When Espen Eckbo arrived at Tuck in 1998 as the Tuck Centennial Chair of Finance, he founded the governance center—the first among top business schools.
He recalls that a frequent question from the students back then was: “What’s corporate governance?”
Professor Eckbo was uniquely qualified to answer that question. After studying for a PhD under Professor Michael Jensen—the world’s preeminent pioneer in the field of agency theory and corporate governance—Eckbo became a leading scholar in the areas of corporate finance and the market for corporate control. Both areas raise fundamental governance issues.
“A company attempting to raise capital must offer investors reasonable protection against future attempts to expropriate their financial claim,” says Eckbo. “Part of this protection comes from adopting governance practices that minimize conflicts of interest. Thus, corporate governance is an integral aspect of all corporate finance. Notwithstanding attempts to design best governance practices, we have seen spectacular cases of governance break-down around corporate control transactions. Our governance research at Tuck covers all of these issues.”
Eckbo continues, “When the Enron scandal broke in October of 2001, the MBA students stopped asking me the `What’s governance?’ question. The scandal also heralded the beginning of a very close personal relationship between the center research faculty—which until 2009 also included Professor Karin Thorburn as center co-director—and Susan and Arthur Lindenauer.”
In his own words, Eckbo discusses the history of corporate governance research at Tuck.
An important milestone was the center’s panel discussion on Enron at Tuck in 2001, where Art Lindenauer (D'58 T'59) was one of our panelists. Art has intimate knowledge of the role of corporate governance: he has been a partner at Price Waterhouse, CFO of Schlumberger, and chair of the audit committee at Transocean. In order to expose our students to his vast experience, Karin Thorburn and I have for the past fifteen years brought both Art and Susan into our classes on corporate finance, governance and M&As.
Susan Lindenauer is a graduate of Columbia law school, and has for years served as general counsel for the Legal Aid Society in New York City. While Art approaches governance issues from the business side, Susan tends to emphasizes nonprofits as well as more individual and social sides.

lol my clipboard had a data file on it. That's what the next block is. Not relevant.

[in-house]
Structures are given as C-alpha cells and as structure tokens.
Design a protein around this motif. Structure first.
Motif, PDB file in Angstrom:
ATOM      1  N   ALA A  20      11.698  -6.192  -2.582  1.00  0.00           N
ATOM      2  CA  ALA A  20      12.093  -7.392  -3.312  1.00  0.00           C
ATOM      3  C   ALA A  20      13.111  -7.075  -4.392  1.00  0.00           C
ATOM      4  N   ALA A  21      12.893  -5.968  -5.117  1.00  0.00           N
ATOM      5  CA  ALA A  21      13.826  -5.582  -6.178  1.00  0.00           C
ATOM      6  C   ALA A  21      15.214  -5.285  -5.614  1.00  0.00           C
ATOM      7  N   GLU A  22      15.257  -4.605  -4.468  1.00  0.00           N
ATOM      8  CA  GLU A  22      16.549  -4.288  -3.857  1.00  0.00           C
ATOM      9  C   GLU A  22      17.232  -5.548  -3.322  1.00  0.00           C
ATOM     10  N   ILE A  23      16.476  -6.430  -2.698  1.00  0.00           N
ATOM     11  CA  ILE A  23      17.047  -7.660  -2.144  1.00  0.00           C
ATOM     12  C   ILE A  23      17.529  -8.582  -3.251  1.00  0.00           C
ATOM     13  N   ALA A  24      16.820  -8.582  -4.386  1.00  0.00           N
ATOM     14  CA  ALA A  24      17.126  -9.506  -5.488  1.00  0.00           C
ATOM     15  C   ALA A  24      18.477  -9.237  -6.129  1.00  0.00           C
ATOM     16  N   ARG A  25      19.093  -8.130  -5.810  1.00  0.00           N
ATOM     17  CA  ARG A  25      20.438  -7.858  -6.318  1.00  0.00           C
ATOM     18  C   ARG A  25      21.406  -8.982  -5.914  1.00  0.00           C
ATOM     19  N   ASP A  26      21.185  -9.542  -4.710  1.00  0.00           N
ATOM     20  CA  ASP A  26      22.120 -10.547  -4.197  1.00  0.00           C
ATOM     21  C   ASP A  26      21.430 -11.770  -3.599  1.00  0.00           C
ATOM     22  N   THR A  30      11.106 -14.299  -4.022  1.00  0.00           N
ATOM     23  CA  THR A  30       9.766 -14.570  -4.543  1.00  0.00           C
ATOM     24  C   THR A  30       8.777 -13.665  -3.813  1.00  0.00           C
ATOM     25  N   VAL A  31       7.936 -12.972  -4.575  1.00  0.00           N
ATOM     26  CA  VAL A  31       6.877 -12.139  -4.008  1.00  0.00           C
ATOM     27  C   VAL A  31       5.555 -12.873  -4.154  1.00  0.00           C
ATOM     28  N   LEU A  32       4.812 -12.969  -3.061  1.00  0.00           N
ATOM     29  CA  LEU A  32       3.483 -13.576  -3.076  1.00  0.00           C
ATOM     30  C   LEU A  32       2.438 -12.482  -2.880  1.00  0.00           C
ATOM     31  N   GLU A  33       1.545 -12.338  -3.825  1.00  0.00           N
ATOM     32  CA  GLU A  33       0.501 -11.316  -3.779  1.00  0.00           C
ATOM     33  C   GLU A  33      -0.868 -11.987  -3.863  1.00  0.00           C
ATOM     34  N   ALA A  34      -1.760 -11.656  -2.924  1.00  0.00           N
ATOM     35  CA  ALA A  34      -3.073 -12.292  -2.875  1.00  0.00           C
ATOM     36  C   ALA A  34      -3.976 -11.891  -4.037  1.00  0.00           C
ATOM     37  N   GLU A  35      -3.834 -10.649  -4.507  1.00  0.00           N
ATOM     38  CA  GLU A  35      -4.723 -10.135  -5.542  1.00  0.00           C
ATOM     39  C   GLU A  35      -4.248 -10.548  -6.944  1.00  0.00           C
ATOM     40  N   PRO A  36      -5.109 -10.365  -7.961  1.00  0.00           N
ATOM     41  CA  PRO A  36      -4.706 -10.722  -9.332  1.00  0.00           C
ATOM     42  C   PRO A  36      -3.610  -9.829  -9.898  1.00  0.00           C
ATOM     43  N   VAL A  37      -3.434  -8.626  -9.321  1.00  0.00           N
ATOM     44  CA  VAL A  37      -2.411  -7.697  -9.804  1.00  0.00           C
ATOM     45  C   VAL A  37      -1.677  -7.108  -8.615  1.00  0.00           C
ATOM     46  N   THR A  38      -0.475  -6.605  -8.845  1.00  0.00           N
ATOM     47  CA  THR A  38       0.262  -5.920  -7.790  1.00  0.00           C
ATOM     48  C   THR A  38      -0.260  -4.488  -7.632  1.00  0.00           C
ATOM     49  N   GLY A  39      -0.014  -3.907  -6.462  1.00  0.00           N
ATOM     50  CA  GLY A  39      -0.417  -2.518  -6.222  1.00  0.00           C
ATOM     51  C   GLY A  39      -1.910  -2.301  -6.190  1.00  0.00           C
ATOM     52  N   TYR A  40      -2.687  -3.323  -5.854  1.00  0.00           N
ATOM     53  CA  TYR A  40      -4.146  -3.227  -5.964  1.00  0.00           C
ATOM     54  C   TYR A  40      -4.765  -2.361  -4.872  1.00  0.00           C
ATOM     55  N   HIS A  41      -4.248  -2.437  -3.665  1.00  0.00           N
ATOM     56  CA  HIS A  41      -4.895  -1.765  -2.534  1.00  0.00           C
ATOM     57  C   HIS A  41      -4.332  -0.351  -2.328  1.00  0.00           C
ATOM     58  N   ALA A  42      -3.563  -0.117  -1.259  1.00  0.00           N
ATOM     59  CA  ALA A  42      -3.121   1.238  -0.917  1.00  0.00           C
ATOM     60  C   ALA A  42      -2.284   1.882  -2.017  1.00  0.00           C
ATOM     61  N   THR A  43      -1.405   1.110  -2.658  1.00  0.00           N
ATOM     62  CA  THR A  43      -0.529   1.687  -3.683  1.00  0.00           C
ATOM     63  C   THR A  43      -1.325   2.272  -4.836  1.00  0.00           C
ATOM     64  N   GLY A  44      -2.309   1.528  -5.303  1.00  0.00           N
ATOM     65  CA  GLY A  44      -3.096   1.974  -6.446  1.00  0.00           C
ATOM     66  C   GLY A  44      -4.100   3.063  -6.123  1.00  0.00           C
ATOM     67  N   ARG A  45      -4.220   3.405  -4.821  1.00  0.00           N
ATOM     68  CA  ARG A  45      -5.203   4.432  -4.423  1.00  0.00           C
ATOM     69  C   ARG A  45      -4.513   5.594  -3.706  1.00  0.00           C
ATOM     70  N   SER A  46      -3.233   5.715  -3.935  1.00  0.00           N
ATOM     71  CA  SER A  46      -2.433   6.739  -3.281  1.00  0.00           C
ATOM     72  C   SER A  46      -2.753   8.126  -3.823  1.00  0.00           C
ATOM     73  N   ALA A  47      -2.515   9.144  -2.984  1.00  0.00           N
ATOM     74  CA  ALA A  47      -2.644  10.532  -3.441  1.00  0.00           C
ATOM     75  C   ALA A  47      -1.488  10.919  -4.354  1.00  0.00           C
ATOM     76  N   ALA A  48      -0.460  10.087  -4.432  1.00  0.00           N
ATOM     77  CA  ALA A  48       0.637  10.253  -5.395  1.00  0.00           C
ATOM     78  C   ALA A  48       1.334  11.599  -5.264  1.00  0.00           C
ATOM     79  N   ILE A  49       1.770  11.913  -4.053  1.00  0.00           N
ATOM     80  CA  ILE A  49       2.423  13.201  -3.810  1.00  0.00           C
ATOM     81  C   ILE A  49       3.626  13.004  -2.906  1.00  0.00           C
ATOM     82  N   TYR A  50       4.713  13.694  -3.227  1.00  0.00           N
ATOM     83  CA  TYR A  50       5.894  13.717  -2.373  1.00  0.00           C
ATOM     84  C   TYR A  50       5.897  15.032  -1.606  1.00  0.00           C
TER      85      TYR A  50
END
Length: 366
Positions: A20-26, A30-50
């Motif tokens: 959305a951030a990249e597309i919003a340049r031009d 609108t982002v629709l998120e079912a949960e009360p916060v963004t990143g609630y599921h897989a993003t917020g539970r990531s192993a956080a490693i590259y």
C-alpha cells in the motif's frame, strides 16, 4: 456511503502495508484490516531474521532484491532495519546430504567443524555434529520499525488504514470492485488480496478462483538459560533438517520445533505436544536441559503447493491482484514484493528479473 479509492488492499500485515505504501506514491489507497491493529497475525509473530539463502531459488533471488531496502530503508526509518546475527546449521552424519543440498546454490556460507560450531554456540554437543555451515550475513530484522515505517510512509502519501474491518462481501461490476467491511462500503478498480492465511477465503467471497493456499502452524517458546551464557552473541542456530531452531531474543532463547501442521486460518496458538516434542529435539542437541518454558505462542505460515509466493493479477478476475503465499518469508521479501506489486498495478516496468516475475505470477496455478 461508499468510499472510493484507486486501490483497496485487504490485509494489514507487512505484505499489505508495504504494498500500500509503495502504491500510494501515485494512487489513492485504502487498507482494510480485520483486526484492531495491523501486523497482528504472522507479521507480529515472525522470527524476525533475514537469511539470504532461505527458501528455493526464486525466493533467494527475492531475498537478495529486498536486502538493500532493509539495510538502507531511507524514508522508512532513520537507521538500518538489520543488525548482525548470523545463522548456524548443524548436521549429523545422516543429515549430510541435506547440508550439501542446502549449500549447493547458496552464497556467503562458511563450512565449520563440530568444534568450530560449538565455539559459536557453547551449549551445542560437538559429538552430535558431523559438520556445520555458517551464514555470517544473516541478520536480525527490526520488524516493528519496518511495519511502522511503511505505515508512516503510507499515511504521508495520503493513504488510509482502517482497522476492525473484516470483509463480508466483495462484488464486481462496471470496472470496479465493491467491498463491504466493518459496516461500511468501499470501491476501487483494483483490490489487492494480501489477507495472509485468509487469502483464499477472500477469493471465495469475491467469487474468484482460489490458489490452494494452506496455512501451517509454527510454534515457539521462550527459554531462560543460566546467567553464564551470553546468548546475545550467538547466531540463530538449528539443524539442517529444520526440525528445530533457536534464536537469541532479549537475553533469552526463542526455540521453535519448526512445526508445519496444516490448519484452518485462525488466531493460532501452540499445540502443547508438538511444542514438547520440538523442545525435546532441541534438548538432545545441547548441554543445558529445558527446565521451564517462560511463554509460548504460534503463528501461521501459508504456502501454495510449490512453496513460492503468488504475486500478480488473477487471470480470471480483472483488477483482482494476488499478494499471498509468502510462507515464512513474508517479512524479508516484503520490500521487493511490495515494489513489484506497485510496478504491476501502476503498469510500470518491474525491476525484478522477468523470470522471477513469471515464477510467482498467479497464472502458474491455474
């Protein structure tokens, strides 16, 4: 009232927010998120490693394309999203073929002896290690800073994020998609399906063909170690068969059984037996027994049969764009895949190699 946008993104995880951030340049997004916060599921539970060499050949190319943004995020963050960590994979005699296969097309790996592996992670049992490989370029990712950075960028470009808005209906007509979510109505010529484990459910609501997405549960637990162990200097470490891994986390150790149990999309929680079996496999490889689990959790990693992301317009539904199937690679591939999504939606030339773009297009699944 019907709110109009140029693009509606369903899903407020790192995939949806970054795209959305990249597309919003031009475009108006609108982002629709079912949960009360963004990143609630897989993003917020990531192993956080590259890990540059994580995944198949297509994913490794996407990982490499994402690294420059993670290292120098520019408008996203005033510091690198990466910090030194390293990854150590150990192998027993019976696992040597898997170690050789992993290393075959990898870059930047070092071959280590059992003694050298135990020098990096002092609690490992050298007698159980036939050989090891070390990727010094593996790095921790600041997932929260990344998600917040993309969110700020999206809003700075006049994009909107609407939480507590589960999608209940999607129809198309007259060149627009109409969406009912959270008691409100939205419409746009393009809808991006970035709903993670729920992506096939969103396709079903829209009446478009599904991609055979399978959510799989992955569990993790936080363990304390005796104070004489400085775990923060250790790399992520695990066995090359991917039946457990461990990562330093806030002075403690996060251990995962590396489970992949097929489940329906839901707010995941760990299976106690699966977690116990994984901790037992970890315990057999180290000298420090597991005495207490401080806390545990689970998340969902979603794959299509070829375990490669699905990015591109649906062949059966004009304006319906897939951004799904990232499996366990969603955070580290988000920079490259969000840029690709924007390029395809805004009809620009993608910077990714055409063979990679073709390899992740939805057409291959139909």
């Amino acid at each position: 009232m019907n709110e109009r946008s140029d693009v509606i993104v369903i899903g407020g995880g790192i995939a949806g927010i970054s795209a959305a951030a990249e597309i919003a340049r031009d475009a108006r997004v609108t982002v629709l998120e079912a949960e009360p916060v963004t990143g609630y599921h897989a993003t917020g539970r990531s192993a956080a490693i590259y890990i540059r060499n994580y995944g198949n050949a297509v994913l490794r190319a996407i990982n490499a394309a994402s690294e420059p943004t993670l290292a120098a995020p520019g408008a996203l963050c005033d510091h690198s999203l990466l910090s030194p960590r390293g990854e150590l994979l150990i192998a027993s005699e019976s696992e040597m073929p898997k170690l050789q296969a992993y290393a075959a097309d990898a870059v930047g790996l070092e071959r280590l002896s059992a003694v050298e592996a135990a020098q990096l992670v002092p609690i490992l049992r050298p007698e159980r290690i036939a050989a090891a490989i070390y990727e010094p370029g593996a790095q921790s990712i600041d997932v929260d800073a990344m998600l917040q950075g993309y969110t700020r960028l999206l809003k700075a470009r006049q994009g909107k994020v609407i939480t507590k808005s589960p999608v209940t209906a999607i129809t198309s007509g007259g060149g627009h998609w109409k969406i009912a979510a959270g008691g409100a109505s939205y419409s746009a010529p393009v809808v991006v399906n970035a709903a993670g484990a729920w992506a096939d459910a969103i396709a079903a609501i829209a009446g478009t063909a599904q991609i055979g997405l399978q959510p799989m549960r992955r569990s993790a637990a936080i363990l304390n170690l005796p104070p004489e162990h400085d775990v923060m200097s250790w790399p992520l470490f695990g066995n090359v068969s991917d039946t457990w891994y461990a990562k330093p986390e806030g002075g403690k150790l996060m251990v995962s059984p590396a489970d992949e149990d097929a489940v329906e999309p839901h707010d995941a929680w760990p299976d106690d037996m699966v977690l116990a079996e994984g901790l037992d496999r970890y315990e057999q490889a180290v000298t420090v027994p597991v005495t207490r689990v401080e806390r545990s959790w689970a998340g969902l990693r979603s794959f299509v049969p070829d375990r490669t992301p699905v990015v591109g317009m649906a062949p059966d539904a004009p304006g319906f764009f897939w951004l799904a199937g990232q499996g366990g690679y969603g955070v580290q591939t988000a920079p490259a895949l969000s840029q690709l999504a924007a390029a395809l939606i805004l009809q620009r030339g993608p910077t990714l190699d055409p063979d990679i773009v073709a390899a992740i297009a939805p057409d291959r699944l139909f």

As the initial center funding began to run out around 2003, we asked Art and Susan to help fund the center going forward. They made two significant naming gifts, which have since fully sustained the activities of the center, and which will fund the new Lindenauer Forum for Corporate Governance research until the summer of 2020. Their financial support has literally helped place Tuck on the international governance map in terms of both research and business policy.
Past center research and outreach activities include top research publications, major academic and practitioner conferences at Tuck and elsewhere, and university seminars and keynote addresses around the world.
A particularly exciting conference took place at Tuck in the fall of 2007, when I organized a high-profile roundtable discussion with representatives from pension funds totaling more than $2 trillion under management. On the domestic side, we had pension funds from California (CALPERS) and New York. Foreign pension funds included Hermes (UK), the Ontario Teachers’ Pension Fund (Canada), AP-fonderna (Sweden) and the Norwegian Sovereign Wealth Fund.
In the fall of 2005, I had assisted the Norwegian Sovereign Wealth Fund—which is the largest single equity investor in the world today—with defining its main governance principles in terms of shareholder rights protection and voting issues. The fund publishes some of these principles on their web site today.
Also, in the fall of 2009, I testified before Congress on the question of how the government should act in its new capacity as (in my words) `owner of last resort.’ For the first time in modern history, the government had acquired majority equity stakes in major banks, insurance companies, and even firms in the automobile industry.” You can find more on this in my report, “The Government as Active Shareholder.”
Recently, Karin Thorburn and I wrote the paper “Board Gender-Balancing and Firm Value.” It shows that Norway’s 2005 board gender quota law, which requires at least 40 percent of directors to be from each gender, did not significantly affect the market values of publicly traded companies in Oslo.
This evidence is important because, contrary to much speculation, it shows that this type of law was low-cost. Eight other European countries have since followed Norway’s lead. Interestingly, The Wall Street Journal recently reported that California is now the first state to mandate female board representation.
I lecture on governance issues in my second-year courses on corporate finance, governance, and takeovers, as does Karin Thorburn in her very popular M&A course. Governance issues are covered in other Tuck MBA courses as well, such as private equity and corporate communication. Understanding governance is crucial for anyone working in investment banking and consulting, as well as in startups, private equity, and entrepreneurial finance positions.